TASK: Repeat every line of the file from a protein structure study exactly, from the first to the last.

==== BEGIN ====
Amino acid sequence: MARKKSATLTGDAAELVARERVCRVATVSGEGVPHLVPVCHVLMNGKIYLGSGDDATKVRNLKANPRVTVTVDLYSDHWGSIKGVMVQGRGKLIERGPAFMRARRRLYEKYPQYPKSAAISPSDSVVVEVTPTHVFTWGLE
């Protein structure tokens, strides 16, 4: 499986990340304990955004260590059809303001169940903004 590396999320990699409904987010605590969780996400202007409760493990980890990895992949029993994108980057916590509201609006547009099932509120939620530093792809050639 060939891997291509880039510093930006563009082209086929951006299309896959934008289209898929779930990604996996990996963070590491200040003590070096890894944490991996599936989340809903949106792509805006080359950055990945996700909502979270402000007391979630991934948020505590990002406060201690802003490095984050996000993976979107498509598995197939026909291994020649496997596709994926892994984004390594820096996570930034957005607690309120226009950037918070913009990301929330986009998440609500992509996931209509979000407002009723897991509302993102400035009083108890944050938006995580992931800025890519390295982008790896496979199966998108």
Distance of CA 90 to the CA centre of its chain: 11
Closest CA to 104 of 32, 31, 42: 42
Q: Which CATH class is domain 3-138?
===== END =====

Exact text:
Amino acid sequence: MARKKSATLTGDAAELVARERVCRVATVSGEGVPHLVPVCHVLMNGKIYLGSGDDATKVRNLKANPRVTVTVDLYSDHWGSIKGVMVQGRGKLIERGPAFMRARRRLYEKYPQYPKSAAISPSDSVVVEVTPTHVFTWGLE
């Protein structure tokens, strides 16, 4: 499986990340304990955004260590059809303001169940903004 590396999320990699409904987010605590969780996400202007409760493990980890990895992949029993994108980057916590509201609006547009099932509120939620530093792809050639 060939891997291509880039510093930006563009082209086929951006299309896959934008289209898929779930990604996996990996963070590491200040003590070096890894944490991996599936989340809903949106792509805006080359950055990945996700909502979270402000007391979630991934948020505590990002406060201690802003490095984050996000993976979107498509598995197939026909291994020649496997596709994926892994984004390594820096996570930034957005607690309120226009950037918070913009990301929330986009998440609500992509996931209509979000407002009723897991509302993102400035009083108890944050938006995580992931800025890519390295982008790896496979199966998108």
Distance of CA 90 to the CA centre of its chain: 11
Closest CA to 104 of 32, 31, 42: 42
Q: Which CATH class is domain 3-138?